Wednesday, October 1, 2008

The Science of Guns

by Andrea Campbell

As crime objects, firearms and ammunition can leave important information behind and it's up to forensic ballistics experts to figure it out. The word "ballistics" comes from the Latin term ballista which was a type of giant crossbow or catapult used in ancient history. Originally defined as the study of missiles in flight and projectile motion, today’s firearms identification specialists can:

• Compare bullets and match them to a specific firearm

• Accurately estimate the distance of a shooting

• Detect gunpowder residue on shooters and around wounds

• Restore obliterated serial numbers

How a Gun Works

In order to appreciate these developments, its important to understand how a gun works. A gun has a hole drilled in the barrel for the bullet to travel down it like a metal tube. This hole is called a bore. With the exception of a shotgun, all weapons have rifled barrels, a series of wide spiral grooves cut into the gun barrel that look somewhat like the threads of a screw. The raised area between the grooves is called the land. The rifling arrangement causes a bullet to spin through the air in much the same way a properly thrown football does and helps to keep the bullet gyroscopically correct so it will hit its target accurately.

A live round of ammunition called a cartridge has the following components: projectile, primer, gunpowder and the cartridge case. The cartridge case contains the ignition system, a powder charge and the projectile or bullet. When a gun is fired, the firing pin hits the primer and causes the gunpowder inside to explode. The bullet or projectile separates from the case much like the cork from a champagne bottle. The spent cartridge remains in the chamber of a revolver (semi-automatic guns eject the case after firing).

As the bullet leaves the barrel, it gets etched with markings from the harder metal of the barrel. These rifling characteristics are called striations. The striations on a bullet fired from a specific gun will show the same marks, unless the barrel has been tampered with.

Detectives at a crime scene look for guns, bullets, and spent cartridge cases. The first thing that a forensic scientist will determine when examining a bullet is its caliber. A bullet’s caliber is the same as its diameter, the length of a straight line through the center of a flat end of a bullet. The diameter is measured in either inches or millimeters. A bullet that is 0.22 inches in diameter is a .22-caliber bullet, which is used in a .22-caliber rifle.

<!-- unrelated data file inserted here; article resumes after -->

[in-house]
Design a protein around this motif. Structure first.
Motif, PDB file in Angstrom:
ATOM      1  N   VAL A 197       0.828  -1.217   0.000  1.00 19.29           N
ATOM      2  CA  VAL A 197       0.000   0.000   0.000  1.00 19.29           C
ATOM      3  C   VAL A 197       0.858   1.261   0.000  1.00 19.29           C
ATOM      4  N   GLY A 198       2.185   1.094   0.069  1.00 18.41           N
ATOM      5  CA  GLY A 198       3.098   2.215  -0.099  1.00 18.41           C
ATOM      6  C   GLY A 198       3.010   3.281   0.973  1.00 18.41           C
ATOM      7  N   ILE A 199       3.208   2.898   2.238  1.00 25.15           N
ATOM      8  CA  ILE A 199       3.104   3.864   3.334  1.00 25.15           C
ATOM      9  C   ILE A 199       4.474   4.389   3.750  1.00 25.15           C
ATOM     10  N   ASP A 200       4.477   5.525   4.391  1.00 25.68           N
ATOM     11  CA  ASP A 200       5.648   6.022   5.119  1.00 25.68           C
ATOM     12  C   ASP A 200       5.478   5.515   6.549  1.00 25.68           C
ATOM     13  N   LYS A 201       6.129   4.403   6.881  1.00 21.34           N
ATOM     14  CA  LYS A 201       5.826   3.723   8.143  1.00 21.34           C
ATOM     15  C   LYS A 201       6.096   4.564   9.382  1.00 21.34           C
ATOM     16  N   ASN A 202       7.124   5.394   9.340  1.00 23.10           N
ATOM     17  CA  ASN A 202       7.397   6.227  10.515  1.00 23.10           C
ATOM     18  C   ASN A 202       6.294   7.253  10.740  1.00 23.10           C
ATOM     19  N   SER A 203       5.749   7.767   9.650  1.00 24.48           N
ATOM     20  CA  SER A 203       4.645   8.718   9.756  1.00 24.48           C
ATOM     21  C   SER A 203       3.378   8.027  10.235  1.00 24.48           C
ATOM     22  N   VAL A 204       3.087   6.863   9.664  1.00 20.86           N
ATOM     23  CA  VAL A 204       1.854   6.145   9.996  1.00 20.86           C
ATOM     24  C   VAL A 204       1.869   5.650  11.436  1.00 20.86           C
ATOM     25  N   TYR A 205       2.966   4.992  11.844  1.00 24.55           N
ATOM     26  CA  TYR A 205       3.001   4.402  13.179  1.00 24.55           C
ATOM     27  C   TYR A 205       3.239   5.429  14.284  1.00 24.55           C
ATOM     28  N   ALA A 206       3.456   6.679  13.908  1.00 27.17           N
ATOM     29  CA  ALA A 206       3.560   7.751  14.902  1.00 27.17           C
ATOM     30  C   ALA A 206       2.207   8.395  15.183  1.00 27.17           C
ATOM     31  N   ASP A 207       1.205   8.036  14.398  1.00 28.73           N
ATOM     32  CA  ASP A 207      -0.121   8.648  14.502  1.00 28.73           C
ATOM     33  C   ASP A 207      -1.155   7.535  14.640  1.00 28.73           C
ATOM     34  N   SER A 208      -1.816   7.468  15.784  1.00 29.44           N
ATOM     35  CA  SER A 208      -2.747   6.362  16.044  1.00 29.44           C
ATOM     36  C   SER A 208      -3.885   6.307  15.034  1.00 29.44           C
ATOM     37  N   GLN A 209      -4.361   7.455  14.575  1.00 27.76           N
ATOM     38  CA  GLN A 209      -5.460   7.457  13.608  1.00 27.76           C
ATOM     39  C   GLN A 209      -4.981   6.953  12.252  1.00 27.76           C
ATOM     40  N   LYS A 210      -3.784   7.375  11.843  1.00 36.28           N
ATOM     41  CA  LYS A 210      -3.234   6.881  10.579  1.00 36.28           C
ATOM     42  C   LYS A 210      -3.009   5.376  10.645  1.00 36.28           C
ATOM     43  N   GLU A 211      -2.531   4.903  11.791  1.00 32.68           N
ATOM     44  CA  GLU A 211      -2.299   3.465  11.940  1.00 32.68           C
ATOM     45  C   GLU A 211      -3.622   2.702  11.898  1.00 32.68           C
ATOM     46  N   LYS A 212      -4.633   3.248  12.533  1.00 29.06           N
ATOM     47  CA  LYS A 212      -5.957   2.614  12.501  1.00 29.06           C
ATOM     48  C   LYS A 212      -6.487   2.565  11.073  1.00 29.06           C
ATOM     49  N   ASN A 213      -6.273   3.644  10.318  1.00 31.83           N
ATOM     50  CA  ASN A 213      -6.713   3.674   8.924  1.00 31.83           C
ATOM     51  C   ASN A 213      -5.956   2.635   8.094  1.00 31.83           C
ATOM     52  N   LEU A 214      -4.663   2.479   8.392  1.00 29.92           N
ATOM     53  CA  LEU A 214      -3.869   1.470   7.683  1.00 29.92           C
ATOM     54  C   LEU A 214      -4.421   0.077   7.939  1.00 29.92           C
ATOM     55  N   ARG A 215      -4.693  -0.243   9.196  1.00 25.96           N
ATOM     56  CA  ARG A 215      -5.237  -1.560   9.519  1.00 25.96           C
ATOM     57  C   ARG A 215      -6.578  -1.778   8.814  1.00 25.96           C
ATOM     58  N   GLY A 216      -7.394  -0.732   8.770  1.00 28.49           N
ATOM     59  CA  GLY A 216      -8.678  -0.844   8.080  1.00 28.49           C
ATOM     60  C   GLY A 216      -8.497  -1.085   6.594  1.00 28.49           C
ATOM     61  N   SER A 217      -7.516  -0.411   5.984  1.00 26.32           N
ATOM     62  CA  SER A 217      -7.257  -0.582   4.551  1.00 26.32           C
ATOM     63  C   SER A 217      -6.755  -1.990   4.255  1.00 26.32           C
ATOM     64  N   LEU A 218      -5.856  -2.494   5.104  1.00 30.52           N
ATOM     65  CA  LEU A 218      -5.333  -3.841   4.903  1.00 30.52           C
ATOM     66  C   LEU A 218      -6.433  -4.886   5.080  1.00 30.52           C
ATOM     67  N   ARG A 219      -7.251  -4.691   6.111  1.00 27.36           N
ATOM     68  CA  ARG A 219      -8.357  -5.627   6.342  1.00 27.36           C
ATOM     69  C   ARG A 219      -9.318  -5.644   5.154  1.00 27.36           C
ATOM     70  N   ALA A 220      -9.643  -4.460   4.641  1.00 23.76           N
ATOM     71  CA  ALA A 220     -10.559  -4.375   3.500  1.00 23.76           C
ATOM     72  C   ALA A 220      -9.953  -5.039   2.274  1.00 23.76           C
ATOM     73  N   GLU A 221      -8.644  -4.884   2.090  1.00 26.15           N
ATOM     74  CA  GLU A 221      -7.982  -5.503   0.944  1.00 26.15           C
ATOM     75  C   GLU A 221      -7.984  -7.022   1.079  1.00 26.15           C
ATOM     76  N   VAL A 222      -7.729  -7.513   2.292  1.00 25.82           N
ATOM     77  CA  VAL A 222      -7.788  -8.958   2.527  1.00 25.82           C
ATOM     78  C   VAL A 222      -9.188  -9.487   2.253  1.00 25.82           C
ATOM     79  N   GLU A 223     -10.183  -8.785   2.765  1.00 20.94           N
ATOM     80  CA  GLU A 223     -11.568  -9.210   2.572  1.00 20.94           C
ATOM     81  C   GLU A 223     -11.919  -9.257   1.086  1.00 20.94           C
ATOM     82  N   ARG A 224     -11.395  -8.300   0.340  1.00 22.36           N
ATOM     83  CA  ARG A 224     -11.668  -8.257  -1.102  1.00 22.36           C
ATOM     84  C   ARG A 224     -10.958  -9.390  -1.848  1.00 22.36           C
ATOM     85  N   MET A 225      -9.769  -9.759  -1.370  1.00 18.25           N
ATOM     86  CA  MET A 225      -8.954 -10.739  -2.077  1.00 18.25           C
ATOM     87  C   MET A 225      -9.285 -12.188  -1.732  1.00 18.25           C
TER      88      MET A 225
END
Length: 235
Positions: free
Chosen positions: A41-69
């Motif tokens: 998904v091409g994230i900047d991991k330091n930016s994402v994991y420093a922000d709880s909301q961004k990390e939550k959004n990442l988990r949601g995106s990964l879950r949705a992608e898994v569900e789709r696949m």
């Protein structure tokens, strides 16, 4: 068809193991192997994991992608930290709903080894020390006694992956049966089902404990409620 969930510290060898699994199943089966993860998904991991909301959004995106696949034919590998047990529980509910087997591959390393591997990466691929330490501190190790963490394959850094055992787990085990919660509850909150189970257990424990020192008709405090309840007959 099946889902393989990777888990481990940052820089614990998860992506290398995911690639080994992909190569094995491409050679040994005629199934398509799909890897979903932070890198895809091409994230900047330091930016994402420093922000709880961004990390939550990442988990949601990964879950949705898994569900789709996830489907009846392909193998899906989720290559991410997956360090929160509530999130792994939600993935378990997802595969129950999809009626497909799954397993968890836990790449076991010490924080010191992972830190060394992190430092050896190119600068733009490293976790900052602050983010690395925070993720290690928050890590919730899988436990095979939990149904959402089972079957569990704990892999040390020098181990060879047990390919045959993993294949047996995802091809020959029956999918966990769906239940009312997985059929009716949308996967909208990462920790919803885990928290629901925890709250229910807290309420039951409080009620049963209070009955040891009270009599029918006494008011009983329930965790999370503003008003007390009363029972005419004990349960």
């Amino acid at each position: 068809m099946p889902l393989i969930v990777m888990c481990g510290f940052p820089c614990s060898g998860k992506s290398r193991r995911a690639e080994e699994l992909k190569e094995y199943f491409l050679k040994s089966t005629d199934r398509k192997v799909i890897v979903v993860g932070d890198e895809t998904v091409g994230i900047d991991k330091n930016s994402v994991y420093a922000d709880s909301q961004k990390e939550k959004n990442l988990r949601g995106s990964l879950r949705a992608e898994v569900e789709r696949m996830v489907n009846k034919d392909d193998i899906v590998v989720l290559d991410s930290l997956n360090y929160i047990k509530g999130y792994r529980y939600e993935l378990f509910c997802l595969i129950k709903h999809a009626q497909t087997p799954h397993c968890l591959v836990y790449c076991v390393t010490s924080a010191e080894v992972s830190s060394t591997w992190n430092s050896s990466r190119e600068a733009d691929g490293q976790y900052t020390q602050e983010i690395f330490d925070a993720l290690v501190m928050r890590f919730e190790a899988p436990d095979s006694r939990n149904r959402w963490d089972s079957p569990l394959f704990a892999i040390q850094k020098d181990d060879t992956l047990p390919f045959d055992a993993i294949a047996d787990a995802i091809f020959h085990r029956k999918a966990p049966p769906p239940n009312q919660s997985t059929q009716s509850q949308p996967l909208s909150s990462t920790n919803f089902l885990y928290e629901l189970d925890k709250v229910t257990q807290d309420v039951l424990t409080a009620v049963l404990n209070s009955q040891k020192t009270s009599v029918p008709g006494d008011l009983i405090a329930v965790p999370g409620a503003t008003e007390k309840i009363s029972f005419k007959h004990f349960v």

Later, if a suspect's gun is recovered, a lab technician fires tests bullets from it into water or soft cotton. Then with the aid of a comparison microscope, he or she compares the striations on the test bullets with the marks on the bullet from the crime scene to see if they match. To say two bullets came from the same gun analysts must match the lines of striation—the land impressions—from base to nose. These days crime labs use a computer analysis to make such comparisons. Computers networked statewide and nationally quicken the task. One is called Drugfire, sponsored by the FBI. (*Note: Drugfire has now been replaced by NIBIN.)

Bullets, fragments, empty cartridge casings, and test-fire samples from recovered guns are photographed with digital cameras, which convert them into computer images. A computer matches the characteristics of a bullet or cartridge casing with thousands of other stored images. The best possible matches are pulled up in minutes. A trained ballistics expert must compare the evidence under a microscope and decide whether the two images are a match. Additionally, other machine-made parts of the weapon such as the firing pin and the ejector, all make contact with the cartridge case and imprint their own distinctive marks that can be matched as well.

The examiner or technician can also obtain information from the barrel discharge. The fact that residue, gas particles, and smoke are emitted from a gun along with the bullet—the “smoking gun” syndrome—this occurrence enables investigators to do a couple more things. Firearm and trace metal residue tests can show if someone has recently fired a gun and, more importantly, it can be used to approximate the distance between the victim and his assailant.

Gunshot Residue